Coping with the Coronavirus Crisis
With zero cases of Coronavirus, New Zealand is now at Alert Level 1 and it's business as usual. Our Co-Executive Producer of Sweetshop New Zealand Kate Roydhouse recently spoke to Shots about how production companies have coped over the last few months.
Coronavirus crisis; how have production companies coped?
On Monday we heard from our panel of production experts about how the new production landscape may unfold. Tomorrow we'll hear what lessons they have learned from the last three months and how those lessons might inform their businesses in the future. But, today, we ask them about the very recent past.
Q: How difficult have the past few months been for the production industry as a whole?
“There has been little work, and most of what there has been has been small scale; tiny crews, or sending cameras to bank staff etc to film themselves for Zoom style commercials. The furlough scheme and the other cost-saving measures that we have worked on with members have been very useful.
The APA members Zoom calls, where they don’t just hear the facts from us but hear from each other on how they are getting on with negotiating with their landlords etc, giving them knowledge and confidence for their own negotiations, have been a great success. So, I think members felt they had a plan to deal with the crisis that has made them confident of survival, but that they are now nervous about how slow the recovery may be.”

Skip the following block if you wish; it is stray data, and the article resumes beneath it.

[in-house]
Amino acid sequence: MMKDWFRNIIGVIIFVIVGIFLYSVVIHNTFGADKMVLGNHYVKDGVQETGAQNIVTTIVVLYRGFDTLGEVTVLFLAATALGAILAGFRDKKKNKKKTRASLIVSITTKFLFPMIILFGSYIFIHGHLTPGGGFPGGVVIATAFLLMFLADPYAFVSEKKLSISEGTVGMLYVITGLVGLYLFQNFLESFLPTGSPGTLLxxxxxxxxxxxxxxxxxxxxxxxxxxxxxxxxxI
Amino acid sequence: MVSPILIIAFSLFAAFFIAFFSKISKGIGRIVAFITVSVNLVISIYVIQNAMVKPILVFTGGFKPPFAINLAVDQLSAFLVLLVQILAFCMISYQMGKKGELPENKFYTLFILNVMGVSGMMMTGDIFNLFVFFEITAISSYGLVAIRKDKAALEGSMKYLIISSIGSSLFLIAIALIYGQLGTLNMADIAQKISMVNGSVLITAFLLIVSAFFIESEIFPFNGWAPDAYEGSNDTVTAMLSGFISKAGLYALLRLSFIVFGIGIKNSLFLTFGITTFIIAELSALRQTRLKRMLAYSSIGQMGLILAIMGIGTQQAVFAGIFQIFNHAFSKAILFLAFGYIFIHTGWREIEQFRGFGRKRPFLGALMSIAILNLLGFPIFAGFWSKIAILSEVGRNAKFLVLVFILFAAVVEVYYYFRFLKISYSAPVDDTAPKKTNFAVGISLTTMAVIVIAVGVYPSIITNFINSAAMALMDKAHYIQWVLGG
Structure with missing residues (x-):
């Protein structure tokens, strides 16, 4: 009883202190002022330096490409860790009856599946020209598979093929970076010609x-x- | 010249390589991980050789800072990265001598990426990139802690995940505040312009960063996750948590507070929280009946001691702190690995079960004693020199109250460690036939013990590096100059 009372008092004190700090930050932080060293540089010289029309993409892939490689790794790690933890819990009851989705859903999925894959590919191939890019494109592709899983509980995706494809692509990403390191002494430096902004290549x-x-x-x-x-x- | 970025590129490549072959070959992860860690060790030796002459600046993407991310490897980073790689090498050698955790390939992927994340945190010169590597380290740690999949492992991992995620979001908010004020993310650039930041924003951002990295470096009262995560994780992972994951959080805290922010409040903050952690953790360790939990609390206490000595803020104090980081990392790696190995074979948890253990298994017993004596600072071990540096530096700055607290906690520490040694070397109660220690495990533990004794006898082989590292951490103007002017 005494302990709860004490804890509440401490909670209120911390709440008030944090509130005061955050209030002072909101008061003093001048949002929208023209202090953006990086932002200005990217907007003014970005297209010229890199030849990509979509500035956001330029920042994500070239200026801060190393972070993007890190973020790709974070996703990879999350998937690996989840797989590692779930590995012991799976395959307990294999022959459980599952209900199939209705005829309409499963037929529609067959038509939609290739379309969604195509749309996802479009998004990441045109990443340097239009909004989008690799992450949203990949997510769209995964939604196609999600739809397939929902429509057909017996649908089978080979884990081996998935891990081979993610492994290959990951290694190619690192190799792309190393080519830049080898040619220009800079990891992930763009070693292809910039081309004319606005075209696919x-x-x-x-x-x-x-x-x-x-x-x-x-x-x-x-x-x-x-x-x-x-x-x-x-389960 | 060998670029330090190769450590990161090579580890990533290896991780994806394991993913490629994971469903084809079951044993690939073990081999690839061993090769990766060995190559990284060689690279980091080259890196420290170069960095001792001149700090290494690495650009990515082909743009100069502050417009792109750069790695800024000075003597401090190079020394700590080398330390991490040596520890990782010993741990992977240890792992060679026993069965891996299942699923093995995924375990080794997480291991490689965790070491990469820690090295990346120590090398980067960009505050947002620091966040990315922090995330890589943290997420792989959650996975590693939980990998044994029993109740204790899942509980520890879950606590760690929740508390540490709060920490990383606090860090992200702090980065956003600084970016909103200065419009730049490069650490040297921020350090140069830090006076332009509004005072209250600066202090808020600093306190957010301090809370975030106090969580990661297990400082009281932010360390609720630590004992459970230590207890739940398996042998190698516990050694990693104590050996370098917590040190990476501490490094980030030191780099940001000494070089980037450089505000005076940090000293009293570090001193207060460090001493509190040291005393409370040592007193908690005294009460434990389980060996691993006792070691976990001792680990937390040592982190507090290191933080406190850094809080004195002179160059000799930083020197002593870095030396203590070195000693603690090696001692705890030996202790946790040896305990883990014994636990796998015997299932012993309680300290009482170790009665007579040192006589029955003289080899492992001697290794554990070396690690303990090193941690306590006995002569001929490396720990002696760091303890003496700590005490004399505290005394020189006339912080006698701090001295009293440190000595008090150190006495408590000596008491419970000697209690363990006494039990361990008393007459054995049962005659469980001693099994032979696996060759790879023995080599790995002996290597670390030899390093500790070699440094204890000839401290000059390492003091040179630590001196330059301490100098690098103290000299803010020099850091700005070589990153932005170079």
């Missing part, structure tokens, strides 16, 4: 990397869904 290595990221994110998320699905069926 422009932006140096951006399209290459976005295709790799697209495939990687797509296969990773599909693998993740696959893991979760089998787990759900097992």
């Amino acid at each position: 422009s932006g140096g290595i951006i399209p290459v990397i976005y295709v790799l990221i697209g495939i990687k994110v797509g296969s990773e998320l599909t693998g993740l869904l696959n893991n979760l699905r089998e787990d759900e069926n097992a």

– Steve Davies, CEO, APA London
“The first couple of weeks were a bit shocking, with cancellations, finishing up jobs remotely for the first time, shoring up the company and reassuring the staff, directors and regular freelance crew. With the help of government subsides and a sympathetic landlord we, like a lot of the production community, settled into late March and the majority of April without the FOMO but also with time to revaluate the business and restructure to be relevant in the post-Covid (and post-lockdown) landscape.
Steve Davis and the APA council have done an amazing job in terms of creating a sense community, offering advise, topical webinars and leading the way by setting out a Covid-safe shoot methodology for member companies, which also gives agencies and their clients a confidence that it’s possible to shoot without endangering health. Now we have faced the challenges of keeping open it’s time to start work again and it’s encouraging to hear that there are some shoots, however small, happening. It’s a start.
I don’t want to overstate the challenges for our community whilst key workers are bearing the brunt of this and risking their lives due to lack of recourses and inadequate planning, whilst Boris Johnson claps dutifully for these heroes each Thursday at 8pm.”